Friday, 1 June 2012

Week 22: Jubilee Garden Party - Part 2

Helloo!

It's been a lovely, sunny, busy, mind pickling week here, so looking forward to lots of strawberries and general gluttony in the garden this weekend.
Had hoped to down get to the seaside but alas, one must rock the jubilee on a budget. Sigh.


Before I get going on the projects I wanted to say a HUGE thank you to everybody that has left such lovely comments on the blog this week! You've still got until Sunday for a chance to win the Jubilee party box, so go have a little snoop if you've not already.

So, last week we threw up a tiny tent and hung paper pom-poms. This week we add the final touches with bunting and cake. Well you can't very well have a Jubilee party without those can you?!



Bunting





What I used:
Fabric scraps
Thick cotton or string
Craft glue
Cocktail stick

What I did:
This is essentially very simple but can take a while.
Take your fabrics and cut into even-ish triangles. I'm a fan of wonky looking bunting, patchwork etc, mainly because it covers up my inability to sew/ cut in a straight line!

Stretch out the cord laying it flat and begin to glue the triangles along the top edge. I used a cocktail stick for this to try and keep sticky mess to a minimum. Leave to dry.

You can go for any colour combination you fancy, and adjust the length to your needs, I went for one, super long string of bunting so I could drape it all over the place with out fiddling about with attachments.
( I used clear tacky wax to attach the bunting to the tent. )

Scones and Victoria Sponge




What I used:
Translucent yellow fimo
White fimo
Liquid fimo
Red oil paint
White deco gel
Cocktail stick
Pin
Burnt orange and white chalk
Tiny paint brush
Small, circular cutters (available from sugar craft suppliers)
Miniature plate or cake stand to display.

What I did:
I would like to begin by saying I'm not a polymer clay artisan by any stretch of the imagination!
Amelia put me to shame with her amazing sushi and step by step photo's the other week, so apologies if any of this is hard to follow!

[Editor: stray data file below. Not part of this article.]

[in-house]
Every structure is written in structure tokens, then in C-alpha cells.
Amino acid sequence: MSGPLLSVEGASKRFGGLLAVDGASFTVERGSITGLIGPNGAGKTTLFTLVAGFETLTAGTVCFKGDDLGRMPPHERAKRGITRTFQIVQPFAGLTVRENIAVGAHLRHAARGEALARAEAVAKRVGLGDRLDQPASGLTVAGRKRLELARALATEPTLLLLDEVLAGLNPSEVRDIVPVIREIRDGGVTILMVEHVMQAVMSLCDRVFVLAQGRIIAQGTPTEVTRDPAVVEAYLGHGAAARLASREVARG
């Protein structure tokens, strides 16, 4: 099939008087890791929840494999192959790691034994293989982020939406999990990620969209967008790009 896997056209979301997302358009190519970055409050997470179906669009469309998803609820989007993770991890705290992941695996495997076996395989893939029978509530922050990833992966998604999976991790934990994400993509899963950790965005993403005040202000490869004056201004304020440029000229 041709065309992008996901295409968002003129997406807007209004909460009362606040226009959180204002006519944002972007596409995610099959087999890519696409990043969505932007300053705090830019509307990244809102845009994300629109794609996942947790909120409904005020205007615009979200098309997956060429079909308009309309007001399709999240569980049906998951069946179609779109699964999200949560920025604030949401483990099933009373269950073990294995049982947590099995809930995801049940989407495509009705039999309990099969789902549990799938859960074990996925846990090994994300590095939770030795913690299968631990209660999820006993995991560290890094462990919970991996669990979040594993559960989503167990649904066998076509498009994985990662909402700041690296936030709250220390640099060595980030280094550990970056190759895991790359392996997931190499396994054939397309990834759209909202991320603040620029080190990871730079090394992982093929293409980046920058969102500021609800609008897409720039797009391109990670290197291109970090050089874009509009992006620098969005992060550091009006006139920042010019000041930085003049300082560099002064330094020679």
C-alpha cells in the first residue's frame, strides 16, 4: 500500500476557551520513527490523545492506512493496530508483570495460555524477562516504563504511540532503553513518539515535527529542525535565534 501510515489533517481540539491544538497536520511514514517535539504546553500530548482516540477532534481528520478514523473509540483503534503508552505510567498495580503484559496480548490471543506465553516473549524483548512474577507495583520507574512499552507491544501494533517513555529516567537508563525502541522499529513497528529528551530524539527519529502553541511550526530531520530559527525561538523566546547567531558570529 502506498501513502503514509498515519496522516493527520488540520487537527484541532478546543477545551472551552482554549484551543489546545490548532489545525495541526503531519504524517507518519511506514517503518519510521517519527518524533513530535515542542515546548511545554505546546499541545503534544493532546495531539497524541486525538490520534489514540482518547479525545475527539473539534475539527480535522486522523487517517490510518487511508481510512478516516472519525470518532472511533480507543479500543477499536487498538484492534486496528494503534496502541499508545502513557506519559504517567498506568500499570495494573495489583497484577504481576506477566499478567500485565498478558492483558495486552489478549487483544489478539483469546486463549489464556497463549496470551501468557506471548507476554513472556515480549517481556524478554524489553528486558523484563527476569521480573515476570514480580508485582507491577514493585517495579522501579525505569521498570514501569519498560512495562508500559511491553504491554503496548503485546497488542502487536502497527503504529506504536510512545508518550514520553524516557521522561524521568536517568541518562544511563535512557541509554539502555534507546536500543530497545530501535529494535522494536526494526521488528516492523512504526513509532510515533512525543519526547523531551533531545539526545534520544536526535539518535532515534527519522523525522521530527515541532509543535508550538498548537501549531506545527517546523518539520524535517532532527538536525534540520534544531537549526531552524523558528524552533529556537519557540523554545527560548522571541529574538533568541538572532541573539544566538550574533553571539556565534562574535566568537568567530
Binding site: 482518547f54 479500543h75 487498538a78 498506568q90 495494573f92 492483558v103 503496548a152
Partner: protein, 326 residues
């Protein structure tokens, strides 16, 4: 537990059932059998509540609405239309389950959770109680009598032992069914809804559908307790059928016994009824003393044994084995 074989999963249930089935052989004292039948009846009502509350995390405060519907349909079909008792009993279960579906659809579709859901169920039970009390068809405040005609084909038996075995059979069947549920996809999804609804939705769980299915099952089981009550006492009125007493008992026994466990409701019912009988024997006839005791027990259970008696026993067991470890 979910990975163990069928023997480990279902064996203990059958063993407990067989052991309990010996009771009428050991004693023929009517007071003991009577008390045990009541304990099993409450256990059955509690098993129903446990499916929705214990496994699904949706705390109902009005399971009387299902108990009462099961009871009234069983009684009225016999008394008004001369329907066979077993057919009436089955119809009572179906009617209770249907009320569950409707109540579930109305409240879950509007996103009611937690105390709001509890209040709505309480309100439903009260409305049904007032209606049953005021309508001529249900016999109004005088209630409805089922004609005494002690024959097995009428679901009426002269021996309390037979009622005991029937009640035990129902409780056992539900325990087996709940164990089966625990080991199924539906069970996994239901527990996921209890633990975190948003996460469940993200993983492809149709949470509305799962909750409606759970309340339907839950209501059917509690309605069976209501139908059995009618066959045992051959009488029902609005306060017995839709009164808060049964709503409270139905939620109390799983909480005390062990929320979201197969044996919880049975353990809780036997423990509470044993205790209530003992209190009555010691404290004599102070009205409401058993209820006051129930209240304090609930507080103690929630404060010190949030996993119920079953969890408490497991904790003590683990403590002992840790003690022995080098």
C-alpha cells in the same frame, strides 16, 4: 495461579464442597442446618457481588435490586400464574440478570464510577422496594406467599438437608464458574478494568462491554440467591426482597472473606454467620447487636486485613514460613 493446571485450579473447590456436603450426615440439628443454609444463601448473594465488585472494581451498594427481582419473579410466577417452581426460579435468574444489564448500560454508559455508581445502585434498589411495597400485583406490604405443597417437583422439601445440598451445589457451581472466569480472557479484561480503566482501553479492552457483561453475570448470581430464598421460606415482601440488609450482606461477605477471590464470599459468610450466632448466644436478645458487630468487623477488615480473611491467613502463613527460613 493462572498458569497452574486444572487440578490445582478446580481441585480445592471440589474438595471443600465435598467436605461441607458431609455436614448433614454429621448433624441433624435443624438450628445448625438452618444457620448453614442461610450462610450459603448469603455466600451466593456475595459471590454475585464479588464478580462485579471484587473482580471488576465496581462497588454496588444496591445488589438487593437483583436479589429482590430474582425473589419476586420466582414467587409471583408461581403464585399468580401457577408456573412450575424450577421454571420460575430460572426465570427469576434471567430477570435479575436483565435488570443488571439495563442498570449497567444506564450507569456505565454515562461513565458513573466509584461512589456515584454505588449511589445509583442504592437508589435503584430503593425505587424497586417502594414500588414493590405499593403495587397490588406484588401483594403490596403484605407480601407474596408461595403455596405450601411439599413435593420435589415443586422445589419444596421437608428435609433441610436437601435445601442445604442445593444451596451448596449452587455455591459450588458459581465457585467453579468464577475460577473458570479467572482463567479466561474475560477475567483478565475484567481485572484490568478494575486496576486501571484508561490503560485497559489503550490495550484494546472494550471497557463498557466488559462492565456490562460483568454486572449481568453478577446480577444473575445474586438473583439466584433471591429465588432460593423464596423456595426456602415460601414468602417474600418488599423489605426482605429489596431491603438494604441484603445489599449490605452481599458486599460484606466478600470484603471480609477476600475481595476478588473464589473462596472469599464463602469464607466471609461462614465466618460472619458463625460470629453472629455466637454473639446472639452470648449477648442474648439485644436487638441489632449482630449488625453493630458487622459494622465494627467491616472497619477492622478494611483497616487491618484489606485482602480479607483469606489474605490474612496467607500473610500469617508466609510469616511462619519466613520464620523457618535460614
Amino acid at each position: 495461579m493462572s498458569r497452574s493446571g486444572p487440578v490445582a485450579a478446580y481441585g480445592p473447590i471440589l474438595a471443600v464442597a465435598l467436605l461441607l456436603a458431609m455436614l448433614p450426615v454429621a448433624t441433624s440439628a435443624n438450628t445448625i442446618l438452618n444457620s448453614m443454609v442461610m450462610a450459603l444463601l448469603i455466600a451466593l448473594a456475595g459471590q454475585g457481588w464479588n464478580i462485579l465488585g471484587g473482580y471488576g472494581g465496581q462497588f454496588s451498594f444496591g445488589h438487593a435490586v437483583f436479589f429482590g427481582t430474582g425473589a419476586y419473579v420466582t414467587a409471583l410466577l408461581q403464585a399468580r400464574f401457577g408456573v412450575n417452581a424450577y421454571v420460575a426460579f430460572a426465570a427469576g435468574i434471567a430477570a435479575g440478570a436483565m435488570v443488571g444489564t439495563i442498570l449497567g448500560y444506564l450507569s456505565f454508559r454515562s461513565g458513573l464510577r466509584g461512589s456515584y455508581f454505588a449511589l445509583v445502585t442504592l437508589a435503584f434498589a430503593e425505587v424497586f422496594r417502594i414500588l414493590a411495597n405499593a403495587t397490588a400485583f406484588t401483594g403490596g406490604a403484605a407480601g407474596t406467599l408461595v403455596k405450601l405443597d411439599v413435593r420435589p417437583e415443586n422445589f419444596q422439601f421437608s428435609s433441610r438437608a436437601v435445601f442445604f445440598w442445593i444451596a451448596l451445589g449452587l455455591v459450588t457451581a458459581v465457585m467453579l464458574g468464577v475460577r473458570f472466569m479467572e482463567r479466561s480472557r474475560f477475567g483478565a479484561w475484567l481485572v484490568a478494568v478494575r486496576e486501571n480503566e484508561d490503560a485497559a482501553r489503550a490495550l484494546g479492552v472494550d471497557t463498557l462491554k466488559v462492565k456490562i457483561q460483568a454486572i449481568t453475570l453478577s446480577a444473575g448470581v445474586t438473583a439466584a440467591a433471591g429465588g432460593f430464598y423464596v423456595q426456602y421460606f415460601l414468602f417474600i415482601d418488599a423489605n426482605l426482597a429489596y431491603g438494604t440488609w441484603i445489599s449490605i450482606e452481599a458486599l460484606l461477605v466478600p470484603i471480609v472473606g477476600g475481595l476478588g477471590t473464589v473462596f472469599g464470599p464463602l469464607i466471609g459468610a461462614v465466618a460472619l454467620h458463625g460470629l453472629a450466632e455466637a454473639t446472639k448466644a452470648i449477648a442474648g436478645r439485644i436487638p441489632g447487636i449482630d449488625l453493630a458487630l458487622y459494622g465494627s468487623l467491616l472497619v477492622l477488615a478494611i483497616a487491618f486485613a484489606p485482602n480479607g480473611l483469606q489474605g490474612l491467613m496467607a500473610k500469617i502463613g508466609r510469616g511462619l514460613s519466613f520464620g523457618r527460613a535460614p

So, to mix the clay take 4 parts translucent yellow to one part white and mix until the colour is fully blended. (I would have preferred to have used clear translucent clay with a tiny bit of yellow fimo for the cake but was working with what I'd got!)

Tear off a section and roll to 3-4 mm thick. Cut two equal circles, approx 1.5-2 cm diameter. (This can change depending on just how huge you want your cake to be!)
Take your cocktail stick and begin gently stabbing the edge of the circles, repeat until the entire side is textured. This is the start of making it look 'cakey'. Take a pin or needle, or even an earring if you're limited, and repeat the stabbing but try to be gentle and give more of a flicking motion, you aiming for cake crumb effect not lots of holes.

Put the cake sections to one side.

With the remaining clay roll flat, again to approx 3-4 mm and cut as many small circles as you can.
(About 5mm across.)
Repeat the same stabbing process around the edge of each scone.
This does take a while, it's a good idea to walk away from it every half hour or so else you might go a bit cuckoo.

Using the the length of the cocktail stick gently add indents around the top of of the scones to create a scalloped effect.

To give a 'browned in the oven' effect on the scones take a burnt orange or light brown piece of chalk and rub on some paper. Use a tiny (dry) brush to rub the chalk dust on to the surface of the scones.
You can do the same for the cake but don't go over board.

For the jam mix a tiny blog of red oil paint with some liquid fimo and apply to the bottom section of your cake.

If you want blobs of jam to serve with scones try making little mounds on a section of tin foil, when cooled after cooking they should peel off.

You're ready to put the lot in the oven. As I've said before, always test your oven temperature with some scraps of clay first and follow the manufacturers instructions with regards to clay cooking times.

When every thing's baked, allow to cool before setting on your mini plates.
I assembled the cake with white deco gel to look like whipped cream. It takes a few hours to dry. but looks delicious.

Your tiny treats are ready to go to the tent! Hurrah!

I went a bit over the top with laying the table but it would be terrible to run out of nibbles.

If you want to know how to make the ice creams click here.


I would like to stress that everything else pictured was made by others and has been collected over a number of years! I'm not sure of a lot of the makers names but can tell you that the champagne, ice cream box, crates and deck chair are by Shepherd miniatures.







The paper plates and doilies were from eBay, knives and forks I believe were dolls house emporium.
If you think you know the makers of the jellies, apples and cheese feel free to shout about it. :)



Well, I hope that's put you in the mood for some bank holiday silliness. I hope to be marinading in a bucket of Pimms for the duration, though I will of course surface to announce the giveaway winners on Sunday!

Have a lovely time!
x




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